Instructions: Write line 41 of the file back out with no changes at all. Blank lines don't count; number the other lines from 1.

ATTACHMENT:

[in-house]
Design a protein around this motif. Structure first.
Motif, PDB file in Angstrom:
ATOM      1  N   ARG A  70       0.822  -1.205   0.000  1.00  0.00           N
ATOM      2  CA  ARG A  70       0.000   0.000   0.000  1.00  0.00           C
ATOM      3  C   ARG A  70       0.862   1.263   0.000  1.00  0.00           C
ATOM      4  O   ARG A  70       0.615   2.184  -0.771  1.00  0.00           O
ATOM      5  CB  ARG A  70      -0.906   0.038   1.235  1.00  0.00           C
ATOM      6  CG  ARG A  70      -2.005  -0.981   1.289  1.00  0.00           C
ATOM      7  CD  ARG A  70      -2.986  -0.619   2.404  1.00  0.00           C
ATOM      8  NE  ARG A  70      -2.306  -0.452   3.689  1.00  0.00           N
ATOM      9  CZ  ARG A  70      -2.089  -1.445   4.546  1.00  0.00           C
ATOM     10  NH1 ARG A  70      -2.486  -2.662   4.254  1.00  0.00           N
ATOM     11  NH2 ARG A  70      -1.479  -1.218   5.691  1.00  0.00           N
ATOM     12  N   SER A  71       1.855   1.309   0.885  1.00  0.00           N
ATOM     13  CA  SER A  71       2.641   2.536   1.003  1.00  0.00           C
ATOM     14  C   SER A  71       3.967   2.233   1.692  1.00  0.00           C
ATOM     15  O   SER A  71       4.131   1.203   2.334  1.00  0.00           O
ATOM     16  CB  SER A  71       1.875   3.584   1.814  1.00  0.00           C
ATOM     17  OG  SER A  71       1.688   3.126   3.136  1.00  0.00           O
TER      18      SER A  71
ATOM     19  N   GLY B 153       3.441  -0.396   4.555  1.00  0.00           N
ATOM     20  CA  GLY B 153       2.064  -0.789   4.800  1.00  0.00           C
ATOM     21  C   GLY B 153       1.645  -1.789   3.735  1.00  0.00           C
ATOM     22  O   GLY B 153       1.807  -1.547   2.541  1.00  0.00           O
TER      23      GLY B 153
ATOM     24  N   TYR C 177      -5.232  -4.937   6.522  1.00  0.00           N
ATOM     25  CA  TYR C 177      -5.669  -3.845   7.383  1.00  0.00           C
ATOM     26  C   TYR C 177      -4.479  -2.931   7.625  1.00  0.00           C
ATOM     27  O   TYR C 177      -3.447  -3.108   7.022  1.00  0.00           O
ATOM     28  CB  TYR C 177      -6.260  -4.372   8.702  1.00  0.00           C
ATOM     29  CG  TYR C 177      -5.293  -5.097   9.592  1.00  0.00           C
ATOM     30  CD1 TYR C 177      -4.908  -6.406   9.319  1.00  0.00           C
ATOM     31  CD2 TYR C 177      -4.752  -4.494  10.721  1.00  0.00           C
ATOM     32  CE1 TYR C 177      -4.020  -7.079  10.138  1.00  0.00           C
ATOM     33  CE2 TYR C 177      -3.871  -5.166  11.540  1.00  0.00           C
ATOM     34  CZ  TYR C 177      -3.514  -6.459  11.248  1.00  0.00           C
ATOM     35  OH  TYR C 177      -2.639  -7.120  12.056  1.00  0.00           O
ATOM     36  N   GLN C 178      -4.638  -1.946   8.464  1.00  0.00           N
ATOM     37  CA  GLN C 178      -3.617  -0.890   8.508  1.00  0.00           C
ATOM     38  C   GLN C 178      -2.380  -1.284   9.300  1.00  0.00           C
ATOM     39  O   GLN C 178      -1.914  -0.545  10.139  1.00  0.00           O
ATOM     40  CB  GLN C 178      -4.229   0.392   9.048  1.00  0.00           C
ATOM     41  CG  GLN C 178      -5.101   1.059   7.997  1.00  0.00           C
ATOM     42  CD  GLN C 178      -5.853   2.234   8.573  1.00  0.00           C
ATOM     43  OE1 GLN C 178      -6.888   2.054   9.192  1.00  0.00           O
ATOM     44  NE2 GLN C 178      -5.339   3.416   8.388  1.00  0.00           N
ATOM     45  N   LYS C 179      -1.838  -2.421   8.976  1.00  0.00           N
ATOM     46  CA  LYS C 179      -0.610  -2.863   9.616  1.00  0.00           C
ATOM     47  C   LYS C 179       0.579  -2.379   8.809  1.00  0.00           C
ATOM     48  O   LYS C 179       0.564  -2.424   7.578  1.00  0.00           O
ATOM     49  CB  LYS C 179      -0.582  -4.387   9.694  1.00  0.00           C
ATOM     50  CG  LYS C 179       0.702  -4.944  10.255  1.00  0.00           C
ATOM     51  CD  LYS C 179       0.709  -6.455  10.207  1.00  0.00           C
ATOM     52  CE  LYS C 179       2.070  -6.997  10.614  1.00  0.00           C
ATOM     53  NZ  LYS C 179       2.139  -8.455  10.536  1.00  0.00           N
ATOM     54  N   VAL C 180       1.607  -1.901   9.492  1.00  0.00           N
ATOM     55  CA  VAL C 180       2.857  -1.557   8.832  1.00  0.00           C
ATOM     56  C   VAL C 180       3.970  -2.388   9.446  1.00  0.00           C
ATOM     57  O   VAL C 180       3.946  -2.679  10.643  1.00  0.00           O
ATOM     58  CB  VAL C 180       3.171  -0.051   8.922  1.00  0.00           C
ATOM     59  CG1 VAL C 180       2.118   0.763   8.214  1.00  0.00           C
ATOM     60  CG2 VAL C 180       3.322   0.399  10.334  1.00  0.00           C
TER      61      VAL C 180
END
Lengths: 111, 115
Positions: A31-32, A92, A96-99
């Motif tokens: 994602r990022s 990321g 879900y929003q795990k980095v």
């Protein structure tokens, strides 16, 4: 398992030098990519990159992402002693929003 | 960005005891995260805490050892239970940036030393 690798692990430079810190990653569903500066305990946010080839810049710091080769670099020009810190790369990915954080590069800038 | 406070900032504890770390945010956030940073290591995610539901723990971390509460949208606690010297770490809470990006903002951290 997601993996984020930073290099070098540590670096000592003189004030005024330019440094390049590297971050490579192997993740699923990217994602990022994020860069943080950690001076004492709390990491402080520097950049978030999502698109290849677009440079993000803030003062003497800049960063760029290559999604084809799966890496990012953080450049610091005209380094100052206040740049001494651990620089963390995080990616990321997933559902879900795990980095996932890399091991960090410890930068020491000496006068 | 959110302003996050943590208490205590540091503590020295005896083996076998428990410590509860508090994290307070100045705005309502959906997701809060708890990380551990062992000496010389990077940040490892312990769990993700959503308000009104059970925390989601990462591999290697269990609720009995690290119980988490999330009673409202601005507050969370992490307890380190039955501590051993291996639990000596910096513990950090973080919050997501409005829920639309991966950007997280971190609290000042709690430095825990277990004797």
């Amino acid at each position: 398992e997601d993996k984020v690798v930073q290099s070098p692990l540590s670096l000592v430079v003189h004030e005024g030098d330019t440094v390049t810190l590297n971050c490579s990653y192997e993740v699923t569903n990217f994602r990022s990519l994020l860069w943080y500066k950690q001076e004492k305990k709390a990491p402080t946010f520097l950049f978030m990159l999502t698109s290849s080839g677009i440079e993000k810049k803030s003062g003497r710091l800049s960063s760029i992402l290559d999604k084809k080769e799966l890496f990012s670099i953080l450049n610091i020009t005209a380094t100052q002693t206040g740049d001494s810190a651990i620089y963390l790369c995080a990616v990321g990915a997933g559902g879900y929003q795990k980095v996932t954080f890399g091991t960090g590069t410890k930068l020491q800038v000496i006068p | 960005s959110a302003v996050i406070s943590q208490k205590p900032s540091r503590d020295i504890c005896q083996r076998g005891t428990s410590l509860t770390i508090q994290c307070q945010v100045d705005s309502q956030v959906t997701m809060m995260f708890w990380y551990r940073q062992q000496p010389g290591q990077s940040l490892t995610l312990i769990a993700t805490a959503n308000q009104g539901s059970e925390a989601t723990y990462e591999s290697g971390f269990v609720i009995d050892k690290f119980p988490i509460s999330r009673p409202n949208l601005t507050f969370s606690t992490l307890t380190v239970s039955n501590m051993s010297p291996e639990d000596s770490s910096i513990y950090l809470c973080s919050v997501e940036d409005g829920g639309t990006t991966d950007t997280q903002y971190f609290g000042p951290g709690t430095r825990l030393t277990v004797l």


ATOM     38  C   GLN C 178      -2.380  -1.284   9.300  1.00  0.00           C